A Primer on Expected EPA Climate Rules
In 2010, during the 111th Congress, Senate Majority Leader Harry Reid shelved a cap-and-trade bill because too many Democrats opposed the bill during caucus meetings. And during his 2012 reelection campaign, President Obama conspicuously dodged speaking about climate change. Despite the failure of climate policy within his own party in the Senate, and after neglecting the issue altogether in 2012, President Obama in the summer of 2013 unveiled a far-reaching executive strategy for addressing global warming, known as the Climate Action Plan.
Early next week, the Environmental Protection Agency is expected to finalize the crown jewel of the president’s Climate Action Plan, a suite of regulations to control greenhouse gases from the electricity sector, including:
Carbon Pollution Standards: In January 2014, the EPA proposed a rule for new coal-fired power plants, known as the Carbon Pollution Standards, that would require operators to capture roughly 30 percent of greenhouse gas emissions by using a process known as “carbon capture and sequestration.” However, it has been widely rumored that next week’s final rule will drop the mandate for carbon capture and sequestration, due to its perceived legal vulnerability. In addition to being impermissibly expensive, the rule as proposed would actually increase greenhouse gas emissions, which is not allowed under the Clean Air Act. In place of carbon capture and sequestration technology, the EPA is expected to require either an ultra-supercritical pulverized coal system or integrated gasification combined cycle coal technology.
Clean Power Plan: In June 2014, the EPA proposed a rule to control greenhouse gases from existing power plants, known as the Clean Power Plan. The unprecedented rule would regulate the entire electric industry, rather than on a source-by-source basis as had been EPA’s practice for 40 years. As such, the proposed Clean Power Plan would grossly expand EPA’s authority into the states’ traditional authorities. For 80 years, States have overseen retail electricity markets shielded from federal intrusion. The Clean Power Plan would radically alter this arrangement, which dates from the New Deal, such that state authority would now fall under the thumb of EPA approval. In addition to posing grave federalism concerns, the rule would be the most expensive regulation ever imposed on the power sector, costing between $41 billion and $73 billion per year.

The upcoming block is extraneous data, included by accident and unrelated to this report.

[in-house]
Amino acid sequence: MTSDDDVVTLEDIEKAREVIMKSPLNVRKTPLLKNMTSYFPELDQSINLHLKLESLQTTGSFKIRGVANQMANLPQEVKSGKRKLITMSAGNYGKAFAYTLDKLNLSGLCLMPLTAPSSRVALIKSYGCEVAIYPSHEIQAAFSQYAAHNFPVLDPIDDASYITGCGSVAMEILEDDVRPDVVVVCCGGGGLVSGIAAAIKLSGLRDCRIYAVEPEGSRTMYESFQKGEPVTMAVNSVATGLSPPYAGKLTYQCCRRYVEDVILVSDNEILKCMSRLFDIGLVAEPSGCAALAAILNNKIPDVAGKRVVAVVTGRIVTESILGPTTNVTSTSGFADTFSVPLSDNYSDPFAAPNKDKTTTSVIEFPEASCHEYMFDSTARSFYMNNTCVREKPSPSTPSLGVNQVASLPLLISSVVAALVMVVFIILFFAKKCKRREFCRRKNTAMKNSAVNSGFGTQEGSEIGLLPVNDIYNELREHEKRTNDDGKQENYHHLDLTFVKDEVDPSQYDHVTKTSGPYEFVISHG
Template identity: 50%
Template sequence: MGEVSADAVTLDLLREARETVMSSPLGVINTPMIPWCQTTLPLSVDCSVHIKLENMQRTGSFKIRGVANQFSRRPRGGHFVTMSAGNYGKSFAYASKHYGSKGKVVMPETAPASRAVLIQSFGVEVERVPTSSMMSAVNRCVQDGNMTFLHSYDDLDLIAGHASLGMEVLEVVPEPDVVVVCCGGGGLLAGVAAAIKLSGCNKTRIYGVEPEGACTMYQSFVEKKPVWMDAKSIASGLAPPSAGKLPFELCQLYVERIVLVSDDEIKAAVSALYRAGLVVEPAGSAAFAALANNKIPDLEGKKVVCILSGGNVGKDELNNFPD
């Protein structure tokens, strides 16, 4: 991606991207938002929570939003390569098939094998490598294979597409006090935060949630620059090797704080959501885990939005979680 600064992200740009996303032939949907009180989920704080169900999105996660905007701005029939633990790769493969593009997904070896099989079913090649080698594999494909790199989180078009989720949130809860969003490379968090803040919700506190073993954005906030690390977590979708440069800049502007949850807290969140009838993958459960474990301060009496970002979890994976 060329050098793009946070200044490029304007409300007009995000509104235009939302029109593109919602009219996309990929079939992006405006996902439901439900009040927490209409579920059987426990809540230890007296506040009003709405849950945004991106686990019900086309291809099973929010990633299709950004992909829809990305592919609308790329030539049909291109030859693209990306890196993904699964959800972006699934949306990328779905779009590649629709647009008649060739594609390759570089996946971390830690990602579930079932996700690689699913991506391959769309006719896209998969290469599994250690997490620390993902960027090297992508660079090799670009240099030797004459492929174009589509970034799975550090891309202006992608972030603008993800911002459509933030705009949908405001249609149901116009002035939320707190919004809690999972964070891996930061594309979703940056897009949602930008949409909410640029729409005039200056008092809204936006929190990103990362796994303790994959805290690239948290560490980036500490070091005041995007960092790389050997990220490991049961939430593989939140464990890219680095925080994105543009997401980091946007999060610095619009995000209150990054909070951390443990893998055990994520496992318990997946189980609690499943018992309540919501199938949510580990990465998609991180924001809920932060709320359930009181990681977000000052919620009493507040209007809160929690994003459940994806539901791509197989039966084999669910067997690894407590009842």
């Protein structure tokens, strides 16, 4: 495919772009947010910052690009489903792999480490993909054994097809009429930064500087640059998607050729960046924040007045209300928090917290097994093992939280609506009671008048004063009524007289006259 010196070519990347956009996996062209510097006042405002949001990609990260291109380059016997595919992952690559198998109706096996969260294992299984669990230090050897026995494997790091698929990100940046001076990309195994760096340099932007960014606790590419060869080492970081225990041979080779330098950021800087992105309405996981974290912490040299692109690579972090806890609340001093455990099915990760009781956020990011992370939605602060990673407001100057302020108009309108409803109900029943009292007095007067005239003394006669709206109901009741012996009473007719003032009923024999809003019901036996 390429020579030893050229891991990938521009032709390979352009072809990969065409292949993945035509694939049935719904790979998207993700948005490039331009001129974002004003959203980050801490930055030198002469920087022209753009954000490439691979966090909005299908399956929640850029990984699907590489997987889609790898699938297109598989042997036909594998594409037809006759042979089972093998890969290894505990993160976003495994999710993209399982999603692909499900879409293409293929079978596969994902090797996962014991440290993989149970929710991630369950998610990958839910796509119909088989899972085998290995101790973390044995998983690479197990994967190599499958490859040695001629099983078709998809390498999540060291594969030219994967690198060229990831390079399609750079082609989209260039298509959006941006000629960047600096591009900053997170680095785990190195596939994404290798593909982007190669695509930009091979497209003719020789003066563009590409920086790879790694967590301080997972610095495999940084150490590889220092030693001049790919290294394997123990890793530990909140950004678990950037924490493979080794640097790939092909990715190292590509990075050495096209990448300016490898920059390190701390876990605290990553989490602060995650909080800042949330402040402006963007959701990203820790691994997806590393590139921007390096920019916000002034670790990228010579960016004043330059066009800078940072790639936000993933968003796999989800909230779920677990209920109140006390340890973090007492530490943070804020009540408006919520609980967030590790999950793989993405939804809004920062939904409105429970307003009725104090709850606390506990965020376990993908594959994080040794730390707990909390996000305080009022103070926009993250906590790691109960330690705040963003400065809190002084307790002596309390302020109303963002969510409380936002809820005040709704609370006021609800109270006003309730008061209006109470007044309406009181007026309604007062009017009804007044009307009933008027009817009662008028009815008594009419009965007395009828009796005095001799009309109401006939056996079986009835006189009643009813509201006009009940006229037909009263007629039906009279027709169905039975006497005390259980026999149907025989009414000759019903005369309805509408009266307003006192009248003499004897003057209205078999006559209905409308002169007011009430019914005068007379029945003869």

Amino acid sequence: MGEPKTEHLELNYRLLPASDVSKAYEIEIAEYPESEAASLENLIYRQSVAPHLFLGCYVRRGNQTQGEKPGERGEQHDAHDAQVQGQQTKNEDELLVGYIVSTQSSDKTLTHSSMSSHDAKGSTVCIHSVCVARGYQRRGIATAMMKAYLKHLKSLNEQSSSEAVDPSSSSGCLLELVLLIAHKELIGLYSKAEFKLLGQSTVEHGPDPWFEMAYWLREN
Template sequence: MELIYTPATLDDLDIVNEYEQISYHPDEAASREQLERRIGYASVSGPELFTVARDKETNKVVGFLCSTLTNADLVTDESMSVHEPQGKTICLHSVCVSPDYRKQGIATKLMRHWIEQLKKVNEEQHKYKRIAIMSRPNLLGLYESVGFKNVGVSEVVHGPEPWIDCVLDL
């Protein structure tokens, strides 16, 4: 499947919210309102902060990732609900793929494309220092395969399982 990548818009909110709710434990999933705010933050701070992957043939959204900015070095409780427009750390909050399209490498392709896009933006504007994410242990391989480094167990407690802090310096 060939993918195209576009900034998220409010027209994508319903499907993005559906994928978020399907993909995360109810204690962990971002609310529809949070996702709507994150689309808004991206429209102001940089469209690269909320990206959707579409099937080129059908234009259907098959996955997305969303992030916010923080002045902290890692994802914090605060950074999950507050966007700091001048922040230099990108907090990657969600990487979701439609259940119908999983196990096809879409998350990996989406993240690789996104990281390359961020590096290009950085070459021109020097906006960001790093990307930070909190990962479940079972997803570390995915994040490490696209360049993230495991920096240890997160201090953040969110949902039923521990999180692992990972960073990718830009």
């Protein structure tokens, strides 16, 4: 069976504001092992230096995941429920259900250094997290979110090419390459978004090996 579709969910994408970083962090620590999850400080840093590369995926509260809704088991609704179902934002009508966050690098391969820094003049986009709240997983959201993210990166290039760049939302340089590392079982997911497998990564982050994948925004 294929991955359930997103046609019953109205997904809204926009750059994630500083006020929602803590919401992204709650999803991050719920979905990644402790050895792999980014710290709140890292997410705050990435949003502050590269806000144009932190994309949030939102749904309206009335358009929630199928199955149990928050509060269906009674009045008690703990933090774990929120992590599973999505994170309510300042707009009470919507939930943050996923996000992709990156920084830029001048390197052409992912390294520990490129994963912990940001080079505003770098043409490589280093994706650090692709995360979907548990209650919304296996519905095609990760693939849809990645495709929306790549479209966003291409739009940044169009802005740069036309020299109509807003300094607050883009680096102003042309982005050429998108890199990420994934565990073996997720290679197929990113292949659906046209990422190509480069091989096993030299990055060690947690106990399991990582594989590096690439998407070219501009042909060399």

Proposed Federal Implementation Plan: Under the Clean Air Act, the EPA is required to review state compliance strategies. If the agency disapproves a state plan, then the EPA is required to implement a federal plan in its stead. Therefore, under the Clean Power Plan, the EPA would be empowered to impose its own energy policy on unwilling states, if the agency decided that a given state’s submission was insufficiently green. It is unclear what form such a federal energy plan would take, as nothing of this sort (i.e., EPA trying to set national electricity policy) has ever before been attempted under the Clean Air Act. As part of next week’s rollout, the EPA is expected to propose a generic federal takeover of a state’s energy sector. Possible proposals include a federally operated cap-and-trade emissions trading scheme or a direct emissions limits based on system-wide controls. Whatever form the proposal takes, it will engender serious constitutional difficulties.